The gulf between futuristic innovation and mastering the basics is certainly broad, and something that members agreed to struggle on. Getting past this is about communication between teams and setting realistic goals.
Another aspect of this is where the ROI falls into CRM integration. Current technological innovation in the area is allowing machine learning to identify and forecast customer value to a business. However, before reaching this stage, members discussed the importance of giving ROI of a CRM to a specific owner - whether this is someone from the board or someone who is integrated into the CRM strategy at a user level. Other members suggested the importance of thinking about the benefits of the CRM which goes beyond relationship management and quantifying this aspect of it in terms of potential business proposition. Indeed, unlocking this potential value only comes after training and - as members agreed - this is where the real CRM innovation lies.
It became apparent that CRM must have a clear purpose, both for the business proposition and for internal use, and employees must stick to that. Members report that when this clarity becomes tangled within miscommunication, assumptions and misalignment of information between teams - as well as an inefficient use of the CRM.
Customer and USP
The crucial insight to begin with regarding the customer is around the fundamental truth that the customer wants the product - and doesn’t particularly care about the process of data management. However, using the data processes intelligently can help feed into the product and create a 360 view of the customer. For one member, however, these two collided, and the USP of his business was that they have a 360 view at client level.
Another member highlighted legislation around data portability: at any point, a customer can request their data in a certain format. It is crucial to be prepared for such an eventuality. Another commented that this is where one of the advantages of buying off-the-shelf comes in, since that responsibility falls to the software provider. Recapturing user confidence is another aspect of this. So much of the strategy data is about trust, but if customers are on your CRM, the likelihood is that they trust you already. However, GDPR is still something which all CRM leads must think about, and members agreed that it remains as a pain point within their CRM strategies and wider businesses.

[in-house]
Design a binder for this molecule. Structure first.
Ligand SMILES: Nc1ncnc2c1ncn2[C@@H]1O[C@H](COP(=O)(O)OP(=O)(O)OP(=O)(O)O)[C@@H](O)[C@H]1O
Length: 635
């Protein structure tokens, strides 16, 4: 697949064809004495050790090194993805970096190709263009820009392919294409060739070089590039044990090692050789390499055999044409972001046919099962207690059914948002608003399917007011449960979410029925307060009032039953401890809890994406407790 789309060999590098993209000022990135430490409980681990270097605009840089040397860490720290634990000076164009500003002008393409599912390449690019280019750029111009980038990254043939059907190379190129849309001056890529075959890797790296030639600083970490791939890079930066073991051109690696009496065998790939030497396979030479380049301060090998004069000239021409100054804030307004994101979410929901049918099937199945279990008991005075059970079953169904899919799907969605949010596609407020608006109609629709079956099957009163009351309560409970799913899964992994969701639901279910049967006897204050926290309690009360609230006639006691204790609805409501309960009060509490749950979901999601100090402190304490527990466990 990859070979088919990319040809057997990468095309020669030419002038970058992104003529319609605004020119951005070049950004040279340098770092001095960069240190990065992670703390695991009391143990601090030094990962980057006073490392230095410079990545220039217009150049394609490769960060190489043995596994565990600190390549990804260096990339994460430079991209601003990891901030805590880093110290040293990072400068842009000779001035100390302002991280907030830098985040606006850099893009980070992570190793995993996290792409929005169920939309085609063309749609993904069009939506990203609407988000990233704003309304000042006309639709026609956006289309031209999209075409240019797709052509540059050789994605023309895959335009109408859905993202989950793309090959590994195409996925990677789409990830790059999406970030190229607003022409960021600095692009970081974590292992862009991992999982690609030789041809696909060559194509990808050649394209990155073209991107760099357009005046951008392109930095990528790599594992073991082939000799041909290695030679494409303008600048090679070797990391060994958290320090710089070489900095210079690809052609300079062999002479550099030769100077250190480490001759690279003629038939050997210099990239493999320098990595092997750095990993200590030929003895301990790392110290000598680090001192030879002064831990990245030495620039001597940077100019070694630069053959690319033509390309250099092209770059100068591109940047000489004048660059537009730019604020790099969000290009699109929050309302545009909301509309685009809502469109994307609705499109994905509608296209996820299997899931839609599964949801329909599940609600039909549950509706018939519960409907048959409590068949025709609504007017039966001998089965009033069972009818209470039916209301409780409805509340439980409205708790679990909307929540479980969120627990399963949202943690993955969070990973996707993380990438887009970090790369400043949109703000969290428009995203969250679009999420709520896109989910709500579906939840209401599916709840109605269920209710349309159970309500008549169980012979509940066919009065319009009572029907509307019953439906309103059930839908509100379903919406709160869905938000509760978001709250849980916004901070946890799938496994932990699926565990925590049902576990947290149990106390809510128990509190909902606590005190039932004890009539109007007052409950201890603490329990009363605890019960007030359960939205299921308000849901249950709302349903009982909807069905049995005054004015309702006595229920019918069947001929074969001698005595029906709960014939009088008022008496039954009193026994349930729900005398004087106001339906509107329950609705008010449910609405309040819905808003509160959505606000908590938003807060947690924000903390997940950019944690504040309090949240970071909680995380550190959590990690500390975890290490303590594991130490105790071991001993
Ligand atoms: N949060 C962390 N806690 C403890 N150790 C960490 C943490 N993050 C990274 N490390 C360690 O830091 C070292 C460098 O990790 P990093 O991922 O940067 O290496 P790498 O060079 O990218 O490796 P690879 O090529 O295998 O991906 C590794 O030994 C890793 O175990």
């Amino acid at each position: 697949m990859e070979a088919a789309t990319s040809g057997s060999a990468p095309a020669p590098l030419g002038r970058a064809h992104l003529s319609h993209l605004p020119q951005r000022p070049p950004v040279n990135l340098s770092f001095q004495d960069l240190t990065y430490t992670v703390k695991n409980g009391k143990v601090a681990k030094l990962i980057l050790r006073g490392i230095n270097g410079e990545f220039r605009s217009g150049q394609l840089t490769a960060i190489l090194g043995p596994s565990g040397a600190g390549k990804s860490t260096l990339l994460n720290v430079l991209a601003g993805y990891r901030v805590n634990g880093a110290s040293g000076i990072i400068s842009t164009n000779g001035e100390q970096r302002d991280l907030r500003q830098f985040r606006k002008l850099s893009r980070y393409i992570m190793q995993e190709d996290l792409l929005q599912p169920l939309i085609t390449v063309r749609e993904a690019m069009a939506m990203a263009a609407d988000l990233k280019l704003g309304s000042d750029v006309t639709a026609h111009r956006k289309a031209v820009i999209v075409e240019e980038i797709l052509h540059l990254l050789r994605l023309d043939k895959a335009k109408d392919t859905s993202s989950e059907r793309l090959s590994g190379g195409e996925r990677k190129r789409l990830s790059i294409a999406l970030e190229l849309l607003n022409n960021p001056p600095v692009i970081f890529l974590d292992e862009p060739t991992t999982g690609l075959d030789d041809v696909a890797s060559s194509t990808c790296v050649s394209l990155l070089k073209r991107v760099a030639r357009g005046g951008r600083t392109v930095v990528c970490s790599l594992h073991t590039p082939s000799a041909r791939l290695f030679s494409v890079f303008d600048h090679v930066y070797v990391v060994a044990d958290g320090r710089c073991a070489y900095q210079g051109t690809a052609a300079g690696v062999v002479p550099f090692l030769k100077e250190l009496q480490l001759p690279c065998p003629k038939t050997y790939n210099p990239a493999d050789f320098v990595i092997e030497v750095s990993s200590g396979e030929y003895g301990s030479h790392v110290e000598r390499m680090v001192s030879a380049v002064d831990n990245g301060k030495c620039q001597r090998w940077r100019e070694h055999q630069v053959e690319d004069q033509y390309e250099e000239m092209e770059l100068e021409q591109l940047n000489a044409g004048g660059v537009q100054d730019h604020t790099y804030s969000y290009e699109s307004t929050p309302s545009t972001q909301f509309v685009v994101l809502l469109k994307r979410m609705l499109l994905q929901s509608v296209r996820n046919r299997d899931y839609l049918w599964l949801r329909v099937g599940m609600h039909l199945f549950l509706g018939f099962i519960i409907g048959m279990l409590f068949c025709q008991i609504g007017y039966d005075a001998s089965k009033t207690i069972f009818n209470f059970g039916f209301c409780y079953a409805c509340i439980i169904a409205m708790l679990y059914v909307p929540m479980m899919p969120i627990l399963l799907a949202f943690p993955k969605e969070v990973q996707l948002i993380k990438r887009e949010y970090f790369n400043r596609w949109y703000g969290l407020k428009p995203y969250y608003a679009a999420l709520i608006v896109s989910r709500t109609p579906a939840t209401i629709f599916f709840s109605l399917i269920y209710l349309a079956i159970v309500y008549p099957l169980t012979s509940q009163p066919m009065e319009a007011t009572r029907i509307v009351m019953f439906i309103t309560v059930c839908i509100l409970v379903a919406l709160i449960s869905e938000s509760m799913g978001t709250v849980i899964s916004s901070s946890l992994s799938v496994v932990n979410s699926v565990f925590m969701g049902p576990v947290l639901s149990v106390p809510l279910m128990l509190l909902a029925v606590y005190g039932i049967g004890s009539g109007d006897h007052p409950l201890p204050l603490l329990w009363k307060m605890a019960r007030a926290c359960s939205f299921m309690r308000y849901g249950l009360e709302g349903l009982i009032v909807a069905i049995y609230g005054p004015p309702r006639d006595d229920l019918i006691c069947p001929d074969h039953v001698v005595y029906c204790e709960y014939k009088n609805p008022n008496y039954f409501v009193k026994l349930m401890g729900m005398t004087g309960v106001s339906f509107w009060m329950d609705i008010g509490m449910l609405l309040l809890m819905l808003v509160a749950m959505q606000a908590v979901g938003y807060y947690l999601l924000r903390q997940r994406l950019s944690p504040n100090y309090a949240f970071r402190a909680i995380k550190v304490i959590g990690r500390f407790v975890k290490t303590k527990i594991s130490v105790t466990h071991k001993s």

Despite members coming from vastly different industry backgrounds (from higher education, to banking, to recruitment, to charity), common threads and pain points were found in their experiences with CRM strategy and implementation. It seems that the discussion around these areas are not concluded - on the contrary, they are merely beginning.
The Recharge CRM Breakfast was held in partnership with Appirio. Appirio is a technology strategy company, that provides customer-centric and data-driven solutions.